It seems that the twenty first century American culture we are living in is similar to the first century. In Palestine, the Jewish religious culture was very comfortable and settled in their ways, much like the church in America. The Romans let them run their religious system, and for the most part they didn't make waves. While looking for the Messiah to come and rid their world of all the evildoers, they were content practicing their version of what had been passed down from Moses. The people at the top of the spiritual pecking order controlled who worshipped, how they worshipped, and where they worshipped. The Roman culture of the day was very religious. So religious in fact, that they were very accepting of the various gods being worshipped, as long as those who worshipped also accepted the idea that Caesar was lord. Pleasure and comfort was the ultimate, for those who could afford it.

Into this world stepped Jesus. During his time here on earth he proclaimed that the Kingdom of God was here, and that he was the King everyone had been waiting for. He was not recognized by the religious elite because he didn't fit the mold of what they thought the Messiah would be. They were scandalized that he invited the poor, the downcast, the "sinners" to join the Kingdom. They thought they were the gatekeepers. When the religious leaders took Jesus to Pilate, the only charge they could bring that affected Pilate at all was the charge that Jesus was claiming to be a king other than Caesar. What may have been the tipping point for Pilate was when they told him that he was not loyal to Caesar if he let Jesus go. Their statement, "We have no king but Caesar," indicates that they were willing to remain in bondage rather than accept God's rule.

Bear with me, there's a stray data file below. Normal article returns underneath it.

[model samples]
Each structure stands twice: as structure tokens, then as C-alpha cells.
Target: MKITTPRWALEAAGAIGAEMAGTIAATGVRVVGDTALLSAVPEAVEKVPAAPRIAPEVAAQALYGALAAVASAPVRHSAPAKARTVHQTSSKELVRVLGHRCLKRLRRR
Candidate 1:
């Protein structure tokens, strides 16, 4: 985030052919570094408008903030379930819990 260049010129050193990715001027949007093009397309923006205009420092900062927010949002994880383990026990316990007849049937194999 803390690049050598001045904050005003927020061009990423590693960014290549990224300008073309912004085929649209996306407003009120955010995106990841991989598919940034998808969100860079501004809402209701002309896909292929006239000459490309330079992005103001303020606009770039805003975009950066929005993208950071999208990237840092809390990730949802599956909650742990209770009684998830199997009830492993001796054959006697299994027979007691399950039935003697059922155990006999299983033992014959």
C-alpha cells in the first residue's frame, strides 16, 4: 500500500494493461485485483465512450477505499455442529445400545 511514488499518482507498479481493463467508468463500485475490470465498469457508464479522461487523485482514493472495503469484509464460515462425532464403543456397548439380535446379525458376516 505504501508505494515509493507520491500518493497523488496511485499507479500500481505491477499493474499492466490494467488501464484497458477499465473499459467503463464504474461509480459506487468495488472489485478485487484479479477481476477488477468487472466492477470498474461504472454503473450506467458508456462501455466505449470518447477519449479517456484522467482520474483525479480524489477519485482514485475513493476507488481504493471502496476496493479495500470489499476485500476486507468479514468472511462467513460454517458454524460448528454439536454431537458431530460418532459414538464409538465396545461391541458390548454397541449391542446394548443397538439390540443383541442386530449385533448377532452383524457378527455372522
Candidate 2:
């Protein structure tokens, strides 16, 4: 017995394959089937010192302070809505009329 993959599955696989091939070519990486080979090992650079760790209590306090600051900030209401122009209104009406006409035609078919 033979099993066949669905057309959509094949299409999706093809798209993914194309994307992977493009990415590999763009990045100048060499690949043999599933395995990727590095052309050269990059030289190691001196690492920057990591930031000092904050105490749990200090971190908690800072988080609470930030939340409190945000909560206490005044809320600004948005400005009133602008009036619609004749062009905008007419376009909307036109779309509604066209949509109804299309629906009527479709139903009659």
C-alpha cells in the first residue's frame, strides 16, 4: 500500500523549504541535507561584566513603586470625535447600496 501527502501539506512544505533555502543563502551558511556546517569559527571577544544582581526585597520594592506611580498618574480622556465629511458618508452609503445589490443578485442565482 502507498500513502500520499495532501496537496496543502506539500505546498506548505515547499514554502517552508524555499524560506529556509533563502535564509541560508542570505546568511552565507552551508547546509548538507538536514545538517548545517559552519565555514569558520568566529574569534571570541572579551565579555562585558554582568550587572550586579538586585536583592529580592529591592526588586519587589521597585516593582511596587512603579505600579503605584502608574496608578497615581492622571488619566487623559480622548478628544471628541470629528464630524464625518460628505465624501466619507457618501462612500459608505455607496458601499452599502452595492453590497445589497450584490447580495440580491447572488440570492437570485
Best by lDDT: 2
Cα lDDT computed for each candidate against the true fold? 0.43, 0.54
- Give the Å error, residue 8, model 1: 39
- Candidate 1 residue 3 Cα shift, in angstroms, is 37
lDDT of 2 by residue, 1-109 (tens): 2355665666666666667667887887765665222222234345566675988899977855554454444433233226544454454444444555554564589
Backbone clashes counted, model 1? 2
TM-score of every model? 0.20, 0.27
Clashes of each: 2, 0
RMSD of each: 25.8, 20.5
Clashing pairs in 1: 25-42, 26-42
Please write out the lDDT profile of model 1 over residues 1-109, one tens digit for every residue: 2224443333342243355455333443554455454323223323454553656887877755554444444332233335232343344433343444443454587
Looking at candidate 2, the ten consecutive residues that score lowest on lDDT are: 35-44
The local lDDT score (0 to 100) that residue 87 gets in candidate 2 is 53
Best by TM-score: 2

As the church began to spread and carry out the command to make disciples, they ran into a culture that quickly became hostile when it was evident that these disciples of Jesus didn't fit into the mold. They didn't just go along to get along. When asked, or told, to sacrifice to the gods or to Caesar, they refused. Their response was that Jesus is Lord, and Jesus only. There was no sense of taking the message of Jesus and the Kingdom and simply adding it to the "Roman Dream." The message of the
early Christians was that the Kingdom of God had come and all the other kingdoms of this world were nothing. This message caused them to be ostracized, to be shut out from participating in the economic and political life of many towns. Eventually this message caused many of them to lose their lives. This message also turned the world upside down.

I look around at the cultural landscape in America and see many of the same things. I see a church that, in many ways, has become quite comfortable here. So much of what is proclaimed in churches across America is nothing more than a self-help gospel. Many, if not most of the titles in Christian bookstores deal with how to get what you want, how to be a better __________, how to have your best life now, or how to be a better you (what happened to being like Christ?). Much of the church has been co-opted by political parties on both sides, and we have come to equate Christianity with America. We have lost our ability to speak truth to power because we have lusted after power.

At the same time, those who follow Jesus face a wider culture that is increasingly hostile to the idea
that there is only one King, and one Kingdom over all. I have read commentators who write about the way America is becoming like Europe. I think that is true, but I also think that a culture where a clear line is drawn between those who are disciples of Jesus and those who aren't is preferable to one where the message of the Gospel is hidden in all the layers of institutionalization that have been added over the centuries.

Maybe we can, once again, turn the world upside down.

Moving On

It's been a while since I've written here. Life has been happening the past few months. I have decided to start fresh, so I'm mo...